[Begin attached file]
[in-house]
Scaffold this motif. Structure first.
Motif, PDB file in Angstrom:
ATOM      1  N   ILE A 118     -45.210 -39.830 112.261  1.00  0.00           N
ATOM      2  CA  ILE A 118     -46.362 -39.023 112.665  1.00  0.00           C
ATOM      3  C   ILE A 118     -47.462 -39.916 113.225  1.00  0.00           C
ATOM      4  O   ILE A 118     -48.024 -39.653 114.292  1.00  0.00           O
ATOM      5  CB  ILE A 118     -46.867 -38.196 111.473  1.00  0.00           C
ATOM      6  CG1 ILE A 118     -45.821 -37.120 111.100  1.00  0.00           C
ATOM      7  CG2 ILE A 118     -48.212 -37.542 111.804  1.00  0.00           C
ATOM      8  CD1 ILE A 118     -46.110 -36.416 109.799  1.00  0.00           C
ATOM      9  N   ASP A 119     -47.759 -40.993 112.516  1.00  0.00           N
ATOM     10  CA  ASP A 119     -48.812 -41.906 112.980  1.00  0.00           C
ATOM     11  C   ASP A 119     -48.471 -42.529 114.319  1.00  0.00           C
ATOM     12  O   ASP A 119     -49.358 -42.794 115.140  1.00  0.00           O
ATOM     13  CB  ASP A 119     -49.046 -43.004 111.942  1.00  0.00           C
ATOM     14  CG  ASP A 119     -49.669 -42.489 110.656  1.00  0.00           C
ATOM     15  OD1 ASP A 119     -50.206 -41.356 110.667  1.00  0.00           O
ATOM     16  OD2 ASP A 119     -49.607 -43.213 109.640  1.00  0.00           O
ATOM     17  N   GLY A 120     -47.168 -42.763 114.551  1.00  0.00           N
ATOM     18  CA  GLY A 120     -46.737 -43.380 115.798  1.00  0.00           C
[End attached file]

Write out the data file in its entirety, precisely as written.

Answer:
[in-house]
Scaffold this motif. Structure first.
Motif, PDB file in Angstrom:
ATOM      1  N   ILE A 118     -45.210 -39.830 112.261  1.00  0.00           N
ATOM      2  CA  ILE A 118     -46.362 -39.023 112.665  1.00  0.00           C
ATOM      3  C   ILE A 118     -47.462 -39.916 113.225  1.00  0.00           C
ATOM      4  O   ILE A 118     -48.024 -39.653 114.292  1.00  0.00           O
ATOM      5  CB  ILE A 118     -46.867 -38.196 111.473  1.00  0.00           C
ATOM      6  CG1 ILE A 118     -45.821 -37.120 111.100  1.00  0.00           C
ATOM      7  CG2 ILE A 118     -48.212 -37.542 111.804  1.00  0.00           C
ATOM      8  CD1 ILE A 118     -46.110 -36.416 109.799  1.00  0.00           C
ATOM      9  N   ASP A 119     -47.759 -40.993 112.516  1.00  0.00           N
ATOM     10  CA  ASP A 119     -48.812 -41.906 112.980  1.00  0.00           C
ATOM     11  C   ASP A 119     -48.471 -42.529 114.319  1.00  0.00           C
ATOM     12  O   ASP A 119     -49.358 -42.794 115.140  1.00  0.00           O
ATOM     13  CB  ASP A 119     -49.046 -43.004 111.942  1.00  0.00           C
ATOM     14  CG  ASP A 119     -49.669 -42.489 110.656  1.00  0.00           C
ATOM     15  OD1 ASP A 119     -50.206 -41.356 110.667  1.00  0.00           O
ATOM     16  OD2 ASP A 119     -49.607 -43.213 109.640  1.00  0.00           O
ATOM     17  N   GLY A 120     -47.168 -42.763 114.551  1.00  0.00           N
ATOM     18  CA  GLY A 120     -46.737 -43.380 115.798  1.00  0.00           C